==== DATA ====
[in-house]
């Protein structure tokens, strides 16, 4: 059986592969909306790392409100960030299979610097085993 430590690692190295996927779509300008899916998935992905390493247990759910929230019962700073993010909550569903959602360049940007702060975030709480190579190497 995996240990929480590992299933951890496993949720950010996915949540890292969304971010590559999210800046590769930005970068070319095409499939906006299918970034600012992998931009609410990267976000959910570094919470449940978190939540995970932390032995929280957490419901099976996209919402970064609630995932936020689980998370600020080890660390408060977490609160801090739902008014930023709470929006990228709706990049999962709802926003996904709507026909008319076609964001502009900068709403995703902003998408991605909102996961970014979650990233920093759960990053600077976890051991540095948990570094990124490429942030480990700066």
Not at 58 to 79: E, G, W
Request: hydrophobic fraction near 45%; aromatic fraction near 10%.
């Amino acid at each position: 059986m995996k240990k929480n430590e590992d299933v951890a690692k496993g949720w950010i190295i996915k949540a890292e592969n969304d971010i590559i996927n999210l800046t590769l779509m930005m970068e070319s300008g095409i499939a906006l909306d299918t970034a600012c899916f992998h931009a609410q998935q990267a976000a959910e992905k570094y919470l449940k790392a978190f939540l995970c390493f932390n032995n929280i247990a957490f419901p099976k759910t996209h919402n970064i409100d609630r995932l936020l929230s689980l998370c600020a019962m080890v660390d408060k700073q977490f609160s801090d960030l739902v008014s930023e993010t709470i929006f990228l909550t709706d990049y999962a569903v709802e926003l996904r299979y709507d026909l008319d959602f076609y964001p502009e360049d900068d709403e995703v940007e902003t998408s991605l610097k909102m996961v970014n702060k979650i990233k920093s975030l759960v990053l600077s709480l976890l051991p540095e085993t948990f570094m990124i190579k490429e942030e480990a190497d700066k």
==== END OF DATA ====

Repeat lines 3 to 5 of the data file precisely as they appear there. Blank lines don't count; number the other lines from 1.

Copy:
Not at 58 to 79: E, G, W
Request: hydrophobic fraction near 45%; aromatic fraction near 10%.
């Amino acid at each position: 059986m995996k240990k929480n430590e590992d299933v951890a690692k496993g949720w950010i190295i996915k949540a890292e592969n969304d971010i590559i996927n999210l800046t590769l779509m930005m970068e070319s300008g095409i499939a906006l909306d299918t970034a600012c899916f992998h931009a609410q998935q990267a976000a959910e992905k570094y919470l449940k790392a978190f939540l995970c390493f932390n032995n929280i247990a957490f419901p099976k759910t996209h919402n970064i409100d609630r995932l936020l929230s689980l998370c600020a019962m080890v660390d408060k700073q977490f609160s801090d960030l739902v008014s930023e993010t709470i929006f990228l909550t709706d990049y999962a569903v709802e926003l996904r299979y709507d026909l008319d959602f076609y964001p502009e360049d900068d709403e995703v940007e902003t998408s991605l610097k909102m996961v970014n702060k979650i990233k920093s975030l759960v990053l600077s709480l976890l051991p540095e085993t948990f570094m990124i190579k490429e942030e480990a190497d700066k």